[The Battle of Port Royal by Michael D. Coker (The History Press, 2009). Softcover, maps, illustrations, photos, select bibliography. 128 pages. ISBN: 978-1-59629-665-7 $19.99]
With the opening of general hostilities between Union and Confederate forces, the latter struggled mightily to cobble together enough resources to even minimally defend its lengthy coastline. The entrance to Port Royal Sound, South Carolina was guarded by two earthworks mounting heavy guns, Ft. Walker on Hilton Head Island and Ft. Beauregard across the water at the tip of Bay Point. On November 7, 1861, a large U.S. fleet bombarded both into submission, forcing almost a wholesale Confederate evacuation of the sea islands. Michael D. Coker's The Battle of Port Royal covers this important moment early in the Civil War, as the Union army and navy gained secure bases for blockade enforcement and for conducting future amphibious operations along the South Carolina, Georgia, and Florida coasts.
At 128 pages, Coker's work is a compact overview of the campaign, from its inception through the naval victory mentioned above and the capture of the town of Beaufort the following month. The text incorporates lengthy excerpts from primary accounts penned by reporters, military officers, and civilians. Sidebars, sometimes several pages in length, are interspersed throughout, providing additional background and biographical information. In places, the combination could be somewhat disruptive to the overall flow of the core narrative, but not excessively so.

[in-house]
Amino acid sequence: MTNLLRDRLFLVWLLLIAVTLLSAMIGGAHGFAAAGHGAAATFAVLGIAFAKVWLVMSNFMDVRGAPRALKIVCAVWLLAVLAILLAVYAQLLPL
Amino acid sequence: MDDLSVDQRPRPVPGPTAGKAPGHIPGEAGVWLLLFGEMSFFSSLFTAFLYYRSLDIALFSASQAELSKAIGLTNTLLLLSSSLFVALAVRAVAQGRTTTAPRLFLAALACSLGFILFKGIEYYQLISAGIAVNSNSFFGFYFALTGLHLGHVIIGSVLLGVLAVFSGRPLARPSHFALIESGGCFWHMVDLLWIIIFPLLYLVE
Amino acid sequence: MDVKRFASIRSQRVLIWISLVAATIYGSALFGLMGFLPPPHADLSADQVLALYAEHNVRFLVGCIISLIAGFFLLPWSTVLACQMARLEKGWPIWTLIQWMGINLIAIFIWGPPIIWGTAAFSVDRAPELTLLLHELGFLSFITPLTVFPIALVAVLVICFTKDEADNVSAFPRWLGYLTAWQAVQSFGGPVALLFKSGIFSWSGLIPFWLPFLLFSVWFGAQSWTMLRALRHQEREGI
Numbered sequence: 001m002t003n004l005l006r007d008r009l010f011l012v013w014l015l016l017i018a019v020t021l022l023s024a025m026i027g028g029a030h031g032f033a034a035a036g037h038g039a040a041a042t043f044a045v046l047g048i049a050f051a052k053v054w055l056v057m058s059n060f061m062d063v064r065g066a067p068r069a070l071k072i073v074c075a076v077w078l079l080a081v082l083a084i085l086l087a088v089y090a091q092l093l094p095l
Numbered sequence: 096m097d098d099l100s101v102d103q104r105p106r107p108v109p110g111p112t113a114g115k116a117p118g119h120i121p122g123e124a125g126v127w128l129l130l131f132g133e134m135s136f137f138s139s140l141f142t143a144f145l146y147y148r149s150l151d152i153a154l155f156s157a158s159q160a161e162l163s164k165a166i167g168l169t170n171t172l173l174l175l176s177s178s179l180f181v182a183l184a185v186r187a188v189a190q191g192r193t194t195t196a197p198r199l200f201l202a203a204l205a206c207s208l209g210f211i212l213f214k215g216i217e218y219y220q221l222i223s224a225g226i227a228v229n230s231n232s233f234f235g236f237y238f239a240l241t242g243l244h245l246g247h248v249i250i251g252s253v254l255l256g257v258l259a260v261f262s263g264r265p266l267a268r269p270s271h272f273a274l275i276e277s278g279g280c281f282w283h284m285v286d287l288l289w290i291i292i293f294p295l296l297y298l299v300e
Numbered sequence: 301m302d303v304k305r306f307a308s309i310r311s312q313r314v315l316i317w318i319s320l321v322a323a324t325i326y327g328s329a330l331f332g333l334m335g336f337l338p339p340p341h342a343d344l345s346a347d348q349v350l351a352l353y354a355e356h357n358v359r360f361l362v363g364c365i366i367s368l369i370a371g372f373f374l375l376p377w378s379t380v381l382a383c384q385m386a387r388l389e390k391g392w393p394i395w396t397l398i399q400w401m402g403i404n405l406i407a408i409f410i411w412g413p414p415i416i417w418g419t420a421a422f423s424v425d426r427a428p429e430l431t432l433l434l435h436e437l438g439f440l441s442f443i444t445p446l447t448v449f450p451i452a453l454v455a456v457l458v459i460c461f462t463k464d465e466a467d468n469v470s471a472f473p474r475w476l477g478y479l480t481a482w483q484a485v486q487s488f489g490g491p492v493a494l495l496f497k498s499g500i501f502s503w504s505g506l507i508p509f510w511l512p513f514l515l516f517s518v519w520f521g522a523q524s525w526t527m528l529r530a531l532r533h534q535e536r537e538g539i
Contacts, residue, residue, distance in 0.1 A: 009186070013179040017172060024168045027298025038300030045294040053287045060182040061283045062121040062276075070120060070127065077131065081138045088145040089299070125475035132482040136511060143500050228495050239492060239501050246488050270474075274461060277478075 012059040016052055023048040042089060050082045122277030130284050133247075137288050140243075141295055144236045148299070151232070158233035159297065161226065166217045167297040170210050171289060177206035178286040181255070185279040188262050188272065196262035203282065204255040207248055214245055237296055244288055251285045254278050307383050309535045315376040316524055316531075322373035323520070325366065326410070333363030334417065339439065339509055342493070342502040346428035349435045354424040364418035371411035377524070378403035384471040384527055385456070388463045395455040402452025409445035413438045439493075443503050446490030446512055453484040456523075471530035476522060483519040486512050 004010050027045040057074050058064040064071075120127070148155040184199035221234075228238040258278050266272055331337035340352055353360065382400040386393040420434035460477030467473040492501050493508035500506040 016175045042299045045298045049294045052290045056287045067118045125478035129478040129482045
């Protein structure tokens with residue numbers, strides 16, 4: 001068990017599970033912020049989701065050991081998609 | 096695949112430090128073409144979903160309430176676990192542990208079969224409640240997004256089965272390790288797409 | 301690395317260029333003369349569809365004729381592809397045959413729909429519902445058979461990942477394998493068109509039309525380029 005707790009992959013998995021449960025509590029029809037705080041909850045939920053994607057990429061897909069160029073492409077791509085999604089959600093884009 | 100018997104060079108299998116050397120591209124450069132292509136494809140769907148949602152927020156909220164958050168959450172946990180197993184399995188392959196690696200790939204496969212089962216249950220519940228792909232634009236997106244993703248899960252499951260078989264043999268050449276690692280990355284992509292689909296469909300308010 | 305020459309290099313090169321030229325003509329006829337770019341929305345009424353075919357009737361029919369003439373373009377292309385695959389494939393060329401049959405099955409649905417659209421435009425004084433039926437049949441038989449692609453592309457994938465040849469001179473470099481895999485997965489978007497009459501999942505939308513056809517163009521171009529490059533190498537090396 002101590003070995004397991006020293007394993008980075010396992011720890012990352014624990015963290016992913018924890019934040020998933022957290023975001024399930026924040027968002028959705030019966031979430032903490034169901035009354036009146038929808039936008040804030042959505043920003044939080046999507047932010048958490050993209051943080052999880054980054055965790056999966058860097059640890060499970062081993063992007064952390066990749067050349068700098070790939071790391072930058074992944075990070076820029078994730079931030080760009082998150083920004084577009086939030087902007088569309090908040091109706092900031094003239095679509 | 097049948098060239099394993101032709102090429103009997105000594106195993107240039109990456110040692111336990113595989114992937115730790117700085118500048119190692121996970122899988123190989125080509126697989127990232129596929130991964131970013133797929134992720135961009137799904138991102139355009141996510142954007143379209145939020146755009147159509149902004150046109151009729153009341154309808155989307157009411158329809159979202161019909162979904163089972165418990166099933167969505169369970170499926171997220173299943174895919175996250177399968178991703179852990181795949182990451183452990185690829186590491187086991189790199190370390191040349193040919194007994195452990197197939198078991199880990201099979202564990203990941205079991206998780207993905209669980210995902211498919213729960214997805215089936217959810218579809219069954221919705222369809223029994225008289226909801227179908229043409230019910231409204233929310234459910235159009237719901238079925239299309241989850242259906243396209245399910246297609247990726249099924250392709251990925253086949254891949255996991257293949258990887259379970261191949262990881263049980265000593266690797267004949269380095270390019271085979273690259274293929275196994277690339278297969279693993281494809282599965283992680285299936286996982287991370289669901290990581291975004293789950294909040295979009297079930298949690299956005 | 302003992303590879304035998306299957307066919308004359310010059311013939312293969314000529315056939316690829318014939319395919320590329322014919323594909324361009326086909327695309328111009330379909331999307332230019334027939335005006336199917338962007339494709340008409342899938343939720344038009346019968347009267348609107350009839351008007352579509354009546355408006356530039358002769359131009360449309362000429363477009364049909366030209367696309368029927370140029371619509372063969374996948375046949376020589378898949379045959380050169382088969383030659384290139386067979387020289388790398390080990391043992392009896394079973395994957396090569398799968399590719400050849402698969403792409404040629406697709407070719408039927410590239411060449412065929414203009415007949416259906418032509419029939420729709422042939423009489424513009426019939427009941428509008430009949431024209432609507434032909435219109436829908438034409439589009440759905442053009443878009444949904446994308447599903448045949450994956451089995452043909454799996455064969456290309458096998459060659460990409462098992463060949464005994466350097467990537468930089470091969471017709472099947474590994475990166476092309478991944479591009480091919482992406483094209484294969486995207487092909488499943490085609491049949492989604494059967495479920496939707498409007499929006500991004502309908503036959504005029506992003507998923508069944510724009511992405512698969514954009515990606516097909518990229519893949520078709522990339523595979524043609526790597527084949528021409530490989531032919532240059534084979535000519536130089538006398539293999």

In general, Coker's writing is less concerned with the tactical minutiae of the fleet's attack plan and the Confederate defenses, and more with conveying the experiences of individuals in their own words. This style choice achieves perhaps its best expression in the chapters covering the Union fleet's storm tossed journey south.
The volume is abundantly illustrated. In addition to numerous photographs of people and places, period drawings of the two forts were included as well as a pair of archival maps depicting the area of the naval attack.
The social project undertaken in the aftermath of the campaign that came to be known as the Port Royal Experiment is summarized, but discussion of the author's thoughts on the military options made available by the Union victory is largely absent [e.g. critics often take issue with the relative passivity of the Union army commander, General Thomas Sherman, arguing instead that he should have struck inland immediately and attacked either Savannah or Charleston]. While not an exhaustive treatment that shuts the door on others for the foreseeable future, The Battle of Port Royal is a well rounded popular account of a critical early war campaign that will appeal to a wide range of interested Civil War readers.